The Time I Spent the Night in Hamlet’s Castle
M.L. Rio Goes Looking for Ghosts on the Battlements
I spent the last anniversary of Shakespeare’s death in a Danish castle, the first person to do that in a hundred years (or two hundred, depending which tour guide you ask). This is undoubtedly among the strangest things I’ve done in my life, and because my memories of it have the chimerical quality of dreams, sometimes it doesn’t seem real. But every now and then my friend Margaret and I—who went along as my plus one—will look at each other and one of us will say, “Remember that time we went to Denmark and slept in a castle?” We really did. And it was wild.
Every time I try to explain how this whole thing came about I get the details mixed up, because it was a long, bewildering series of events. The short version is that I won a contest hosted by Airbnb, where entrants were invited to explain why they wanted to spend the 400th anniversary of William Shakespeare’s death at Kronborg Castle—better known to the English-speaking world as Elsinore. At the time I was just about to finish my master’s degree in Shakespeare Studies, so I had plenty of answers for that. (They can be summed up as follows: I am a huge nerd.) I wrote my application in iambic pentameter (because I am a huge nerd but also a showoff), hit SEND, and promptly forgot about it. Two weeks later my phone rang and it was Denmark on the line. Another two weeks later, Margaret and I were emerging from a wind-blasted train station to startling sunlight and the frankly mind-boggling shape of the castle across the water.
What we didn’t fully appreciate until we were on the ground in Denmark was the scope of the events planned. We were taken on a private tour of the castle, interviewed by several different news crews, and escorted to the penultimate performance of Globe to Globe Hamlet in the Kronborg banquet hall, with Queen Margrethe II sitting in the front row. And that was just the first day. On Day Two, between more interviews and scrambling to get our term papers (due the same week) done and dusted, we ran around our hotel room, throwing clothes on and off and asking one another, “What the hell are you supposed to wear to a Renaissance banquet in an actual castle?” (A ruff. The correct answer is “a ruff.”)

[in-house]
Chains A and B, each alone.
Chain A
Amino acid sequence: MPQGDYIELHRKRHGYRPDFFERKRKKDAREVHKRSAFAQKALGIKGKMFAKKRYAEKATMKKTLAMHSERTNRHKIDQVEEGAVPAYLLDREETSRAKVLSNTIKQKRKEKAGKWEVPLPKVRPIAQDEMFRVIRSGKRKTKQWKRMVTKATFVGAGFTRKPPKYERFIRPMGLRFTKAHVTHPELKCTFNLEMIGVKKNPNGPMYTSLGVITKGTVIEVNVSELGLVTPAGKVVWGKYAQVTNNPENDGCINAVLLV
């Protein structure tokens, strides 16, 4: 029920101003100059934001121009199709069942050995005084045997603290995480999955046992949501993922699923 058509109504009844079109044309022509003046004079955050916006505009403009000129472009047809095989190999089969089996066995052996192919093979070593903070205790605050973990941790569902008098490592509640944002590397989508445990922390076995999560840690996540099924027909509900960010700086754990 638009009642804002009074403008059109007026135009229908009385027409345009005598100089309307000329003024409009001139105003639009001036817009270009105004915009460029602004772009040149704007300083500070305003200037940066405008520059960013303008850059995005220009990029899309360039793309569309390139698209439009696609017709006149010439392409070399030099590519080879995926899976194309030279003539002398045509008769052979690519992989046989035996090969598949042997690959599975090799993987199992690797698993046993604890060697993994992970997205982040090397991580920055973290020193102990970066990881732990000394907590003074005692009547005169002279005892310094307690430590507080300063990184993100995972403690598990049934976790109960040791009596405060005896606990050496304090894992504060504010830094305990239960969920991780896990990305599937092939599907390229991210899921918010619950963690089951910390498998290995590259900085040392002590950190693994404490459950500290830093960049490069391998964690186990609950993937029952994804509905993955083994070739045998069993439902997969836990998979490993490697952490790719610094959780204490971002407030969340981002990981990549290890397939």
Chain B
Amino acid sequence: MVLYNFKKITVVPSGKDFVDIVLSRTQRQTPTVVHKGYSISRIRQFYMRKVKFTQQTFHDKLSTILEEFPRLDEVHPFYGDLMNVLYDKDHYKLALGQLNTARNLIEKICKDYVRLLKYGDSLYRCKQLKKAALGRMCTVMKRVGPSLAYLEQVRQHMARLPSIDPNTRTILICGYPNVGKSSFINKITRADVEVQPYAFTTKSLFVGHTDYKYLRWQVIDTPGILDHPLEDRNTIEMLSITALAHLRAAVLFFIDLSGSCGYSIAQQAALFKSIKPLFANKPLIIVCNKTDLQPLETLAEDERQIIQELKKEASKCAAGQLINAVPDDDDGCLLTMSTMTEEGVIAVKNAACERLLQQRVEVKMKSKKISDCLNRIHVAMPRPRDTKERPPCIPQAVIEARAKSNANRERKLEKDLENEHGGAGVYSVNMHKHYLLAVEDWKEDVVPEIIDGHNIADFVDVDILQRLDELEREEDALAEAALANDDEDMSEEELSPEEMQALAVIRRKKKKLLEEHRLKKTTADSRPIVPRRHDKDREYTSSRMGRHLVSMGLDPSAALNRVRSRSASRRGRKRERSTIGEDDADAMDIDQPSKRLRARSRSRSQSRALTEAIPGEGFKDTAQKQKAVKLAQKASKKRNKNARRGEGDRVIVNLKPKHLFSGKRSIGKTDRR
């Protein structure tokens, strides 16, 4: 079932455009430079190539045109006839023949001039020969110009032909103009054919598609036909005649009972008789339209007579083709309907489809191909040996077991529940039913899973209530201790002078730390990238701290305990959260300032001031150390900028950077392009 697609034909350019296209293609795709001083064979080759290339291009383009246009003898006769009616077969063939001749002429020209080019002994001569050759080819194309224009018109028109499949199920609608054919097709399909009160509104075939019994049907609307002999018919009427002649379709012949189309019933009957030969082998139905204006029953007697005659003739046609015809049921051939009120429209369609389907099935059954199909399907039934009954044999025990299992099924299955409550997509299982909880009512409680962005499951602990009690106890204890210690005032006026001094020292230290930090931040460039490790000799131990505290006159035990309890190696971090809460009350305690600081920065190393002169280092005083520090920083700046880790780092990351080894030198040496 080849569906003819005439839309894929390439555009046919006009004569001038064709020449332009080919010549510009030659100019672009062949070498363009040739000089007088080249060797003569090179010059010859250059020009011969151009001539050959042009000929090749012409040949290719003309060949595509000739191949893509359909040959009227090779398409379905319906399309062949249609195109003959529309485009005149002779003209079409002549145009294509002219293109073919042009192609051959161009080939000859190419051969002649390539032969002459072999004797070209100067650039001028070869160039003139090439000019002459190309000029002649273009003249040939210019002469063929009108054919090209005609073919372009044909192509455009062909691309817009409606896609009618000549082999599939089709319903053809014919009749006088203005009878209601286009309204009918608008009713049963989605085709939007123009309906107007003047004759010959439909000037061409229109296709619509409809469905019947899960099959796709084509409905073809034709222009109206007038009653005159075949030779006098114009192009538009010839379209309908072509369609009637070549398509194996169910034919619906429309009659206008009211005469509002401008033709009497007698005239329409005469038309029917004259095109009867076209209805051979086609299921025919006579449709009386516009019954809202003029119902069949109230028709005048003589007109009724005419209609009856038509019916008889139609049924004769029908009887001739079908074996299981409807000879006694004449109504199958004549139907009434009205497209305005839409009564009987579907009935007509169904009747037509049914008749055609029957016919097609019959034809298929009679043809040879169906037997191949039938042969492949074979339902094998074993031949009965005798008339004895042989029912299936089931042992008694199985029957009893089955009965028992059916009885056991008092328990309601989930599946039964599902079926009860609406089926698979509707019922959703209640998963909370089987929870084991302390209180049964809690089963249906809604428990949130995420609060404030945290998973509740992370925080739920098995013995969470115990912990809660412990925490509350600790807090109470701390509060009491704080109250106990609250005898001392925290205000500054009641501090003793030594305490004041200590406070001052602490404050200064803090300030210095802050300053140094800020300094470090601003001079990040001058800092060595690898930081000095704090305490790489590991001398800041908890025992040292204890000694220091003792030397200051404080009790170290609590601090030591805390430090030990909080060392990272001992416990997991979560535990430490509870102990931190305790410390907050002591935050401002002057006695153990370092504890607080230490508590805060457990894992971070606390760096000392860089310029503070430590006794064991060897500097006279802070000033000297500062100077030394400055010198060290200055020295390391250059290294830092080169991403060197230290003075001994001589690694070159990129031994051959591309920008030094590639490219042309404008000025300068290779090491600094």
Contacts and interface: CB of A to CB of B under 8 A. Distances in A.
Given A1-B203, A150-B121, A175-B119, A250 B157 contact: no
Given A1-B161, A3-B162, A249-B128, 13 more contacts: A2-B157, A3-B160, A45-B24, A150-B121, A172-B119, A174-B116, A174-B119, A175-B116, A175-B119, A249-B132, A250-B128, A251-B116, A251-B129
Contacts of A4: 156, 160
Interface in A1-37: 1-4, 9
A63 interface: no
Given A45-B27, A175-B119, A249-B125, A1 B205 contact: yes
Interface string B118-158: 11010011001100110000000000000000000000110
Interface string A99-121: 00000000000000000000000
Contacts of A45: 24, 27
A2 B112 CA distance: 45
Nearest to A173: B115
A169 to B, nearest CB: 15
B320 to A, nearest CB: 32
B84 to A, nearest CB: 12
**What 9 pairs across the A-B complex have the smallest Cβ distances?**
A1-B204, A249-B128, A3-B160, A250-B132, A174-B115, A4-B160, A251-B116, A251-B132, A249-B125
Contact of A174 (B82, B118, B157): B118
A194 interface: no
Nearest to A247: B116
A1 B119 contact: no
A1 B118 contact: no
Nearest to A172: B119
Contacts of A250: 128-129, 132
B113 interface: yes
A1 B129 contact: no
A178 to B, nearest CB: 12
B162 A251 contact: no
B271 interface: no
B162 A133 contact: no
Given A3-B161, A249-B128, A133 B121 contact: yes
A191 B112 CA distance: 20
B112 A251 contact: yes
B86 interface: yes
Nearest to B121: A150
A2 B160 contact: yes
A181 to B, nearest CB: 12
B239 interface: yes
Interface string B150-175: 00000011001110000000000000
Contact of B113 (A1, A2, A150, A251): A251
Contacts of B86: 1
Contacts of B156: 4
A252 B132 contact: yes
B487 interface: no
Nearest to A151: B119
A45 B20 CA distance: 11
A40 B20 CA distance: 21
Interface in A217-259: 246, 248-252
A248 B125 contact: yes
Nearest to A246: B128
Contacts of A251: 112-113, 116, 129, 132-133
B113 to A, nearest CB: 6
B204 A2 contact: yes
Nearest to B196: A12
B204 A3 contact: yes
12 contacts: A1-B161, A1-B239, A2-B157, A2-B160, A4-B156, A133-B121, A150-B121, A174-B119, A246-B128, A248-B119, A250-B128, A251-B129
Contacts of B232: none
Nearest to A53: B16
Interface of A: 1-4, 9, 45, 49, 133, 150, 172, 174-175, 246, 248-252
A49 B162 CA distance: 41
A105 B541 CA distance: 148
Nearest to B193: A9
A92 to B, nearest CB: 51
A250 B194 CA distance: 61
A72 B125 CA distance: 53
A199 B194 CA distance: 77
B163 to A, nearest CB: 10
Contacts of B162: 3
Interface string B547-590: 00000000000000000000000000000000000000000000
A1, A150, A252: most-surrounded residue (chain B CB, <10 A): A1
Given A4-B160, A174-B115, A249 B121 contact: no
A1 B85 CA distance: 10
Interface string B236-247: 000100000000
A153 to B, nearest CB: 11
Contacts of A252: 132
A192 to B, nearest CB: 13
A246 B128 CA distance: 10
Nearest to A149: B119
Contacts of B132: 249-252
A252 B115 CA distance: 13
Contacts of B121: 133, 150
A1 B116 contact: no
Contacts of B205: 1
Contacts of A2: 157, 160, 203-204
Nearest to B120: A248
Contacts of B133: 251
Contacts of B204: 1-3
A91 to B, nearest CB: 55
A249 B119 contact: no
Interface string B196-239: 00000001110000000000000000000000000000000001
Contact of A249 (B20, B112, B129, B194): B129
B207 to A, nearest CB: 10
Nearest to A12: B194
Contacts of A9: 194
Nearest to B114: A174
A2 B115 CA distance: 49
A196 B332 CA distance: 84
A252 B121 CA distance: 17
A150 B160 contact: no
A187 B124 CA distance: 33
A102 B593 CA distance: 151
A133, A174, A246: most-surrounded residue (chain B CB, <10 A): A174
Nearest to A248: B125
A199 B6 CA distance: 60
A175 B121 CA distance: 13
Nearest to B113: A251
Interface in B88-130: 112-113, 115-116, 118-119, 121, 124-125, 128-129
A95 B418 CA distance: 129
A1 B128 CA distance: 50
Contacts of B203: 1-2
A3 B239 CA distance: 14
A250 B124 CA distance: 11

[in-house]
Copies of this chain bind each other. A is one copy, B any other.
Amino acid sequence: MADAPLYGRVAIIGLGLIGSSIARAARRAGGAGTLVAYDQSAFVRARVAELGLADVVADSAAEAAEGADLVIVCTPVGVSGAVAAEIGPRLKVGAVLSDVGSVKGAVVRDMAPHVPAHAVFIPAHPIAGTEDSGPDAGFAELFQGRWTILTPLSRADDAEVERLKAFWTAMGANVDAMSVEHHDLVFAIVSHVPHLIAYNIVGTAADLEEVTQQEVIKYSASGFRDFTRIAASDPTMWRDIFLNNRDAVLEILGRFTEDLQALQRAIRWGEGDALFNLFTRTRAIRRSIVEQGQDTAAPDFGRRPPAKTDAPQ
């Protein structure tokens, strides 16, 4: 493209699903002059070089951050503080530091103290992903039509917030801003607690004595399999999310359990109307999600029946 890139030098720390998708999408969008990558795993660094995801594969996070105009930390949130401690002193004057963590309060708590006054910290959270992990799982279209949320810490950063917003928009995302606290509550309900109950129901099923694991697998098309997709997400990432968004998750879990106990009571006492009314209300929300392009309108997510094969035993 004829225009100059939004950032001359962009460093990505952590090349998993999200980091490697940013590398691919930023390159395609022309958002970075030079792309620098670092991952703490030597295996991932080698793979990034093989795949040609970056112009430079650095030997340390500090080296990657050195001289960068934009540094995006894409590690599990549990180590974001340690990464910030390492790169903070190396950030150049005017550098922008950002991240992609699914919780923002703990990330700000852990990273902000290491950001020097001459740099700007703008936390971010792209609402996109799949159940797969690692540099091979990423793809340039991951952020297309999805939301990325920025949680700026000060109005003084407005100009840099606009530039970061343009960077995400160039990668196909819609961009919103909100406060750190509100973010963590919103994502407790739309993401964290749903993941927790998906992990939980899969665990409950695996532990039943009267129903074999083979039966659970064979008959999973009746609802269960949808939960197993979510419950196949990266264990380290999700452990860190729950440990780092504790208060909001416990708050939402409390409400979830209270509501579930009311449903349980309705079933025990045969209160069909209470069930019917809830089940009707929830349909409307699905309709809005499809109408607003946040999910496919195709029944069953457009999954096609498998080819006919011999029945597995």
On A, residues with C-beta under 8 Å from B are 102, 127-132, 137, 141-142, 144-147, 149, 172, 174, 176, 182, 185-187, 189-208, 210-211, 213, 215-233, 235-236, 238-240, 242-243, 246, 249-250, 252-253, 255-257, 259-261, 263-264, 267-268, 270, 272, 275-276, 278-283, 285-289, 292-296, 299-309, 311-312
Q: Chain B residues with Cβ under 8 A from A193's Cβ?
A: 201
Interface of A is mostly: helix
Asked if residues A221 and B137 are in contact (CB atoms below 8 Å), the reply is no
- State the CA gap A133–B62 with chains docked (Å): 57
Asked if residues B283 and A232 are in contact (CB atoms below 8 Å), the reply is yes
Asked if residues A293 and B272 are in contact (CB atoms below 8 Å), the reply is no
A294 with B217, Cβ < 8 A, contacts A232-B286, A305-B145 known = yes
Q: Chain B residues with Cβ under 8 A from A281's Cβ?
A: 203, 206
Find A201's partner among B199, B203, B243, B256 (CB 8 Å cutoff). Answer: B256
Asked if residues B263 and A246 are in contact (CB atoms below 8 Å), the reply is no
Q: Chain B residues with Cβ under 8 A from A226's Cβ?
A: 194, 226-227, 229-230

When we arrived, we were relieved to find that there seemed to be no dress code—some people were in black tie, some in full Renaissance regalia, some in lavish costumes that didn’t have anything to do with Denmark, Hamlet, or the Renaissance (from what I could tell). We wandered through the winding, labyrinthine halls of Kronborg until we found ourselves once again in the banquet hall, where eight or ten long tables cluttered with glasses and silver and piles of Shakespearean paraphernalia were waiting to receive us. (I stole a paper doll of the Danish prince. I’m not proud of this but I don’t regret it either.) We sat elbow to elbow with Rufus Gifford (the US Ambassador to Denmark and unbeknownst to me until that point, the runner-up in the Airbnb contest) through seven courses of real Renaissance recipes (including gargantuan white asparagus and what might have been quail eggs; I’m still not entirely sure what we ate since the entire menu was in Danish) and at least that many rounds of wine, the meal interrupted every quarter hour or so for musical interludes, speeches in English and Danish, a fencing match, and a performance by the Danish Royal Ballet. By the time the last flights of desserts were being cleared away, the whole banquet hall had filled with music and the lights had been lowered, so everyone could carry on partying like it was 1599.
I have no idea what time it was when we finally stumbled up the spiral staircase to the tower where we would be sleeping—with no electricity, no running water, and not another soul about except the security guard in the anteroom below. We went through the incongruously mundane motions of brushing our teeth and putting our pajamas on, but in a castle. For a while we sat down on the foot of our beautiful four-poster bed and just looked around the room—the somber stone walls, the long beautiful windows, the dark shadow of Sweden across the water, the by-now-familiar skull on the table, the candles flickering in the fireplace. There had been no shortage of jokes about ghosts on the battlements throughout the day, and in our dazed (and I will admit, more than a little drunk) condition, it was impossible not to wonder whether the place really was haunted.